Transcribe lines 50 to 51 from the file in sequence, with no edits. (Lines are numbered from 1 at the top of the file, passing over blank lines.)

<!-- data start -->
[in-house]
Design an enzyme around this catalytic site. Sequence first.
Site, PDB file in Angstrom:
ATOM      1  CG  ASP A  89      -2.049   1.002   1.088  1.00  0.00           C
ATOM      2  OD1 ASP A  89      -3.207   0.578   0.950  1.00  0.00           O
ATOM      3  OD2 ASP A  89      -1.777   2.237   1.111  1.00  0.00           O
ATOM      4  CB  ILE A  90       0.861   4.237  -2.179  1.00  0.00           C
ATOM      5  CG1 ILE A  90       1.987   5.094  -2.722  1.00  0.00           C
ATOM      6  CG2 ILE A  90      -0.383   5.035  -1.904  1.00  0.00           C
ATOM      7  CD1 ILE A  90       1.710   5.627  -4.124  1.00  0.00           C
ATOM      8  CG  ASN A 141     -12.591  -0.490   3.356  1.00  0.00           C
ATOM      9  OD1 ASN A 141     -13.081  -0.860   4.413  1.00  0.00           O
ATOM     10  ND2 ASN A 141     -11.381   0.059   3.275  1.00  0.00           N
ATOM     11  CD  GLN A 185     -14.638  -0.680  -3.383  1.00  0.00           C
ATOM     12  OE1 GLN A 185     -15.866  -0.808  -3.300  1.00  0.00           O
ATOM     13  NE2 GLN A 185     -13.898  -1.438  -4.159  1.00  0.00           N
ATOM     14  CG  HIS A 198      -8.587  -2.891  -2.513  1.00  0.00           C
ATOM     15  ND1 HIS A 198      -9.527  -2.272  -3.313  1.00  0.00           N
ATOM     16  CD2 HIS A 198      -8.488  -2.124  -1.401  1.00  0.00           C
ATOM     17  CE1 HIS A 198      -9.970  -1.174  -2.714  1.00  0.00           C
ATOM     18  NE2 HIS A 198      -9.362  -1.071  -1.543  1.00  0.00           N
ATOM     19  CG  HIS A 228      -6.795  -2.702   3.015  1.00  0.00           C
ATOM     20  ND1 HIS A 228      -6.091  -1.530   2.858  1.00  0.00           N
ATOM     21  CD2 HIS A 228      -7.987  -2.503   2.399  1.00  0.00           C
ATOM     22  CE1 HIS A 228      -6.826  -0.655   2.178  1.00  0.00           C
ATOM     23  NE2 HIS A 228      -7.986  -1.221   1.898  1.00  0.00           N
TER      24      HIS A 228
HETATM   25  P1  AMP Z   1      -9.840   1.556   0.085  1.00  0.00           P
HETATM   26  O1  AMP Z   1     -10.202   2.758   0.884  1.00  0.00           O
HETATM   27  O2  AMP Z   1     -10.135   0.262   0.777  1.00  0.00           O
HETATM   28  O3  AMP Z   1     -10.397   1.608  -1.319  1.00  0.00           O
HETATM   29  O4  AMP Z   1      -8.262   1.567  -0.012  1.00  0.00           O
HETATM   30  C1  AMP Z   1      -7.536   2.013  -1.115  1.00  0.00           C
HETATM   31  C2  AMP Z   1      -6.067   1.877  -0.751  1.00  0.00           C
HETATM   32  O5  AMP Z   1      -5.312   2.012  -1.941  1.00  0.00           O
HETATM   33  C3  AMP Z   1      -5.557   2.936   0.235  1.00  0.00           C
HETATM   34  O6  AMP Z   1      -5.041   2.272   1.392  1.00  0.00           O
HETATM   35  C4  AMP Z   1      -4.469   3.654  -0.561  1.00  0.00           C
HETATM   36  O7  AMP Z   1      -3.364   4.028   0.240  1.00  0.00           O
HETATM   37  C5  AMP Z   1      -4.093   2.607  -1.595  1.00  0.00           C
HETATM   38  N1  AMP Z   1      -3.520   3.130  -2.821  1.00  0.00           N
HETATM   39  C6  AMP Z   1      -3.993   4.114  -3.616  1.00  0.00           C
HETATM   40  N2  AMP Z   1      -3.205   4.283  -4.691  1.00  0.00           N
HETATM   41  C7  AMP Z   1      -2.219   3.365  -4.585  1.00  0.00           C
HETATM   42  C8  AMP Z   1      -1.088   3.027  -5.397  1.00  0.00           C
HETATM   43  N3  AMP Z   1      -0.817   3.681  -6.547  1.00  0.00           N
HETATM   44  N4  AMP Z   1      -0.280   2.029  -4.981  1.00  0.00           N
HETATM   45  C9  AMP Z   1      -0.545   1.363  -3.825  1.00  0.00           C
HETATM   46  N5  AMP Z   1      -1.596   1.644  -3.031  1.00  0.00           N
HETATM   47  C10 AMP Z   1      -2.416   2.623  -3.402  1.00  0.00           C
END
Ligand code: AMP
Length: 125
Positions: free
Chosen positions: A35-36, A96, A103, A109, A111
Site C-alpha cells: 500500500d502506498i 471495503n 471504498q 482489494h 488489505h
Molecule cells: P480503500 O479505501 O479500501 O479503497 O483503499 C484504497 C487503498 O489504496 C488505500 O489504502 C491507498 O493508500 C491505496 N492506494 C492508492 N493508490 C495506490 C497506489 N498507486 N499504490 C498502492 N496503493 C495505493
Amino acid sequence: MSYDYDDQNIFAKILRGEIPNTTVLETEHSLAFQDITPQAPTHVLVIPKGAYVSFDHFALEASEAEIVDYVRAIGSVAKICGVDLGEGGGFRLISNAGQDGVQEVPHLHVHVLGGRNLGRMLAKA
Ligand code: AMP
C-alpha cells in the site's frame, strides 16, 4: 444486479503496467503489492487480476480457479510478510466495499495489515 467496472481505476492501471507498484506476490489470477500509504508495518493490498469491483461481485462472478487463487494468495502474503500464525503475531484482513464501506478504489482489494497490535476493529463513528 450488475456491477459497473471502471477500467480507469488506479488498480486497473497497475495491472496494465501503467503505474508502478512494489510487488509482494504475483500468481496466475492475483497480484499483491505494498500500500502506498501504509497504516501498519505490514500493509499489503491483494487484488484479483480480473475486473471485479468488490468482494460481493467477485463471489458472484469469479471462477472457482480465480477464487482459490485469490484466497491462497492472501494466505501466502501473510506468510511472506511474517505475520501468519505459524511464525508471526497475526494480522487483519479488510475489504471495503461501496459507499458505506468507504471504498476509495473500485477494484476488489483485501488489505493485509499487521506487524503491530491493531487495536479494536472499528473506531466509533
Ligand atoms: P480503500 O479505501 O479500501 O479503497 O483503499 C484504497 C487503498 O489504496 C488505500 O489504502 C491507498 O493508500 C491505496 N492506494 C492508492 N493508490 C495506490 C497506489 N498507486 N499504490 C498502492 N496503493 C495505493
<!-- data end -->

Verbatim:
HETATM   47  C10 AMP Z   1      -2.416   2.623  -3.402  1.00  0.00           C
END